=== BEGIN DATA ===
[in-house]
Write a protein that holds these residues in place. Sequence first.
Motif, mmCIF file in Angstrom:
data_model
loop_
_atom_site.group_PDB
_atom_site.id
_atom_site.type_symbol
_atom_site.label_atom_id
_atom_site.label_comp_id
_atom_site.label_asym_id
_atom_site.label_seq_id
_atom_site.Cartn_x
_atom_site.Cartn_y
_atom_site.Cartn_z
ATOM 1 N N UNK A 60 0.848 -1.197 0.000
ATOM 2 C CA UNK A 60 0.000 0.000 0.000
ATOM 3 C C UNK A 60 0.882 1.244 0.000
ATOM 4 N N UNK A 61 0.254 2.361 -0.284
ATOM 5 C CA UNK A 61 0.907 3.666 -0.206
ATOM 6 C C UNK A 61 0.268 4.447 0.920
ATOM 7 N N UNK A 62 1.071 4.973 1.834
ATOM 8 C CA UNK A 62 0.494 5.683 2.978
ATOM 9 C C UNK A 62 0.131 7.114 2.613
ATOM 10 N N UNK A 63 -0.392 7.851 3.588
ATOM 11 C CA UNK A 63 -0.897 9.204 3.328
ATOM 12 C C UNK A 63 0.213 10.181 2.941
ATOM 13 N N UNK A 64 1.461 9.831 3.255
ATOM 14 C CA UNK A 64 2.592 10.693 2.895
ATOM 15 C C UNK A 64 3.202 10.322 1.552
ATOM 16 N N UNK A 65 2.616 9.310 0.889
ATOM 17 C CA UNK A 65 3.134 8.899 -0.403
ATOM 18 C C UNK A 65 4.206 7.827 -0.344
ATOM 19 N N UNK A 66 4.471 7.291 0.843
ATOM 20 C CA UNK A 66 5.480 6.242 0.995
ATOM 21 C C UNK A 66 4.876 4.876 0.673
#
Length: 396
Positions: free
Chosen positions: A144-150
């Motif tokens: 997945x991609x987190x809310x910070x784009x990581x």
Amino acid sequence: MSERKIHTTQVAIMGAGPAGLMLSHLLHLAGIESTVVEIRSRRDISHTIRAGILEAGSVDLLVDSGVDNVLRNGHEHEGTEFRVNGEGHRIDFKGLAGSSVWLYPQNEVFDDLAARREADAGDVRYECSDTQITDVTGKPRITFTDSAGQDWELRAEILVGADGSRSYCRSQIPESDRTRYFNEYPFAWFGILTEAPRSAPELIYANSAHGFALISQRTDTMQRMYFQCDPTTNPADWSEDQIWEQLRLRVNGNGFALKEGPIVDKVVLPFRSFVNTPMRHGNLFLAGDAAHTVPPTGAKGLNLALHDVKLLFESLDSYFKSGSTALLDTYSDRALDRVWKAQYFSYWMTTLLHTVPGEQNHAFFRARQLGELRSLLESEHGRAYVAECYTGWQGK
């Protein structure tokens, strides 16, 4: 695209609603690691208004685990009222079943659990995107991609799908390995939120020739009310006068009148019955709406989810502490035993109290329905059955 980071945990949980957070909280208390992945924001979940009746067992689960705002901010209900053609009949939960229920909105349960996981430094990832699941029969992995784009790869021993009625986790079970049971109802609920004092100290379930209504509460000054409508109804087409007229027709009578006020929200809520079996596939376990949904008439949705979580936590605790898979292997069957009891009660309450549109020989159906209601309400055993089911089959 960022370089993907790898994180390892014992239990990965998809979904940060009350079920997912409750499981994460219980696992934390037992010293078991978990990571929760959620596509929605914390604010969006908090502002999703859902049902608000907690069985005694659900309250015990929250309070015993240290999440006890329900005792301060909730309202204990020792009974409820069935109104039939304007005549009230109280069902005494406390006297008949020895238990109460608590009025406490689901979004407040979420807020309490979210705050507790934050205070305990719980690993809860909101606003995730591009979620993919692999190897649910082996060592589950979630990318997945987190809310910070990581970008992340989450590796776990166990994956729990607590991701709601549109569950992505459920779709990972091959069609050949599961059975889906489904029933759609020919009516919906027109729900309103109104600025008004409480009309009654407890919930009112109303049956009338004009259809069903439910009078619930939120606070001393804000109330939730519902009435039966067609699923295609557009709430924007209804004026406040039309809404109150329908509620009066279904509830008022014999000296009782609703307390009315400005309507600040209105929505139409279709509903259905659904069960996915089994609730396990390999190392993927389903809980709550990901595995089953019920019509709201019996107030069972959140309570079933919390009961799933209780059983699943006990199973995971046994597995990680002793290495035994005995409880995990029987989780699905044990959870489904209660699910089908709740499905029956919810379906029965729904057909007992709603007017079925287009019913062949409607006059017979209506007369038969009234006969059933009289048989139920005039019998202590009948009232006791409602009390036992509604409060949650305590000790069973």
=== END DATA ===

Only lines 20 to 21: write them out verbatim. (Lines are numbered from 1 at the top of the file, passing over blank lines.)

ATOM 5 C CA UNK A 61 0.907 3.666 -0.206
ATOM 6 C C UNK A 61 0.268 4.447 0.920